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The Playlist

Review: 'How The Fire Fell' A Moody, Atmospheric Tone Poem About The Brides Of Christ Cult

  • By Erik McClanahan
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  • January 26, 2012 5:38 PM
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  • 5 Comments
For every Gus Van Sant, Kelly Reichardt and Todd Haynes, each of them residing in Portland, there’s several dozens of other virtually unknown filmmakers working around the fringes in Oregon. It’s a state with an already strong, if still burgeoning, independent film scene. This writer, still relatively fresh to the area (not quite two years an inhabitant), has yet to see a locally produced narrative film (not including any from the aforementioned names of course) that’s stood out from a relatively crowded pack. Most tend to follow the modern indie format of 20 or 30-something malaise or “Portlandia”-esque hipster satire, to varying degrees of success.

Watch: New Trailer For 'Lockout' Is Kind Of Dumb, But Also, Kind Of Amazing

  • By Kevin Jagernauth
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  • January 26, 2012 5:17 PM
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  • 4 Comments
"It's the world's most secure prison. It holds the planet's deadliest criminals. It's impenetrable…because..it's not on Earth."
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First Look At James McAvoy In 'Welcome To The Punch'

  • By Kevin Jagernauth
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  • January 26, 2012 4:44 PM
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  • 1 Comment
After playing an earnest lawyer in "The Conspirator," the noble hero Charles Xavier in "X-Men: First Class" and the squeaky voice protagonist of "Arthur Christmas," James McAvoy is getting some dirt under his fingernails. He's got Danny Boyle's "Trance" in the pipeline (though it won't arrive until 2013 as the director is busy with his London Olympics duties), he's currently filming the adaptation of Irvine Welsh's "Filth" and in the can is "Welcome to the Punch." And it promises to be explosive.

Sundance Review: 'Goats' Is An Unexceptional, Overly Familiar Coming-Of-Age Tale

  • By Todd Gilchrist
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  • January 26, 2012 4:18 PM
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  • 1 Comment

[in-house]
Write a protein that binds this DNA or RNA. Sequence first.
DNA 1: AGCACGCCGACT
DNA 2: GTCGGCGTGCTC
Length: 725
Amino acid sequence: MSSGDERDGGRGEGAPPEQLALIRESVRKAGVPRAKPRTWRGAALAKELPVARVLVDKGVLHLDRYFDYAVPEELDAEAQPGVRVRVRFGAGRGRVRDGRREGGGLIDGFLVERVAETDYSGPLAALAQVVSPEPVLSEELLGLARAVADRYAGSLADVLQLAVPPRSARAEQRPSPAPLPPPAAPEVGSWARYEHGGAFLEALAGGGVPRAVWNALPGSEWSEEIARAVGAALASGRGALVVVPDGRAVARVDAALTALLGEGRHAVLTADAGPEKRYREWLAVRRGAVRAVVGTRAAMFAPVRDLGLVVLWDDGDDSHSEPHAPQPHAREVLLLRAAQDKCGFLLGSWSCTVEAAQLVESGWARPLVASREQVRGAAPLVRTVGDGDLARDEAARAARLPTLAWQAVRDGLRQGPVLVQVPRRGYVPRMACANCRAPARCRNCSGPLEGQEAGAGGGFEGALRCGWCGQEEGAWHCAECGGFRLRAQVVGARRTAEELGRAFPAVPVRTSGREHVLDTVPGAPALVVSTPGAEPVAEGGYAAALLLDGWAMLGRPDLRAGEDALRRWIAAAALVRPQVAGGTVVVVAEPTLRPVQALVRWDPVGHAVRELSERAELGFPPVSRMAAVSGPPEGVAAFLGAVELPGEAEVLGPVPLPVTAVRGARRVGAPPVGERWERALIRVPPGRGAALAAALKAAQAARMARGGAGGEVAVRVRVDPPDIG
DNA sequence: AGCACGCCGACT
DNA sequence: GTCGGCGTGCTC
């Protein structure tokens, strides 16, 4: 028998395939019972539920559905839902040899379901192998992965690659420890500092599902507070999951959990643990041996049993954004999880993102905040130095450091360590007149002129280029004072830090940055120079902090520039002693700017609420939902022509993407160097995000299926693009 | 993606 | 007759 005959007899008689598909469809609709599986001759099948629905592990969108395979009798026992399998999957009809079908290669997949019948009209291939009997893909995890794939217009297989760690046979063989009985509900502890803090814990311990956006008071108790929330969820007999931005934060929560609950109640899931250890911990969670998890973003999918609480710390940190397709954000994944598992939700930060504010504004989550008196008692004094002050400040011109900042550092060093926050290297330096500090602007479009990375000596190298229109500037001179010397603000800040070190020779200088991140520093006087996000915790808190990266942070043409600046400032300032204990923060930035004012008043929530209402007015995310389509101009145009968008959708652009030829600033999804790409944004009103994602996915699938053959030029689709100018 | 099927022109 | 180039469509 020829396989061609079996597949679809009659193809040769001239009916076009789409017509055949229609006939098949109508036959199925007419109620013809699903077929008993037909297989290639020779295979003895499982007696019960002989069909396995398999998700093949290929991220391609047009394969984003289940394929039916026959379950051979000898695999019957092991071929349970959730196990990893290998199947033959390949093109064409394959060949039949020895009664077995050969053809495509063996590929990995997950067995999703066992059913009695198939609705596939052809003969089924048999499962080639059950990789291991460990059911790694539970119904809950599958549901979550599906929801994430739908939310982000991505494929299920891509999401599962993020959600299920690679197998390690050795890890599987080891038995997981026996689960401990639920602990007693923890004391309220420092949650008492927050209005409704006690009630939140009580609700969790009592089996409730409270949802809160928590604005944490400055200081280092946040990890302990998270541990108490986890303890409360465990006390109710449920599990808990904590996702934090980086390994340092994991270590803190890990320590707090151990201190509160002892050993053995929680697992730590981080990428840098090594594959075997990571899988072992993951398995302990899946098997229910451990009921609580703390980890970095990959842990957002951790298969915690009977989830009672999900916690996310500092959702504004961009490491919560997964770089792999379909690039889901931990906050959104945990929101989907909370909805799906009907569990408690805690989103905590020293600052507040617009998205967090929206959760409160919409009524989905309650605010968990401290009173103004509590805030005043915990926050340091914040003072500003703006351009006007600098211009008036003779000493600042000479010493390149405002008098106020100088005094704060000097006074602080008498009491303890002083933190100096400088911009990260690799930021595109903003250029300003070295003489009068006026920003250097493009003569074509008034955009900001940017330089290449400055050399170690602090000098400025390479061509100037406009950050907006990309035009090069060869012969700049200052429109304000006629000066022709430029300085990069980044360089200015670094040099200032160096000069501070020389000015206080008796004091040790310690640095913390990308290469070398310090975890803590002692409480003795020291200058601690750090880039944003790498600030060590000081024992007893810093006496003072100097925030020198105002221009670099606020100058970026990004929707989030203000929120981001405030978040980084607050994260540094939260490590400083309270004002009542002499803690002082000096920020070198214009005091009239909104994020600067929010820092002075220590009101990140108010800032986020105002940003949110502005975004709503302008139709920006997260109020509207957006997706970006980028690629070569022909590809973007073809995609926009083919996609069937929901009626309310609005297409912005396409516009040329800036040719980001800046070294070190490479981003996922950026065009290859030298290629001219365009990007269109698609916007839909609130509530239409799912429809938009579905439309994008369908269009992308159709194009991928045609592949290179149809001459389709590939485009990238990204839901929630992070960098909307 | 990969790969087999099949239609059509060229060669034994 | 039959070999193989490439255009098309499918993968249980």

As far as quirky coming of age stories engineered for festivals and the twee aspiring directors who love them go, “Goats” is a fine little movie. Directed by newcomer Christopher Neil from a script by Mark Poirier, who adapted his own novel, it follows a teenager struggling to deal with his estranged parents as he tries to find a place for himself, but it’s also not really about anything at all, or at least anything original. In fact, it’s the kind of entertainment that’s familiar and pleasant enough that you easily forget that nothing much is happening on screen, which may admittedly be damning it with faint praise. But in a cinematic environment already well-stocked with so many tales of teenagers taking their first steps toward finding their own identity, “Goats” feels like the descendant of a family with an incredible pedigree who decided it was enough to live off of that legacy instead of trying to build anything new upon it.

Watch: Short Film 'Here' Co-Written By Tilda Swinton, Directed By Luca Guadagnino & Scored By Jason Schwartzman

  • By Kevin Jagernauth
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  • January 26, 2012 4:04 PM
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  • 0 Comments
Yes, the merging of the worlds of cinema and advertisting isn't exactly new, with directors and actors frequently earning a bit of extra cash helming a commerical or fronting a campaign for a fashion. But rarely do we seen the kind of talented that has been assembled for the short film "Here," essentially a fifteen minute bit of hotel and costume design porn Starwood Hotels.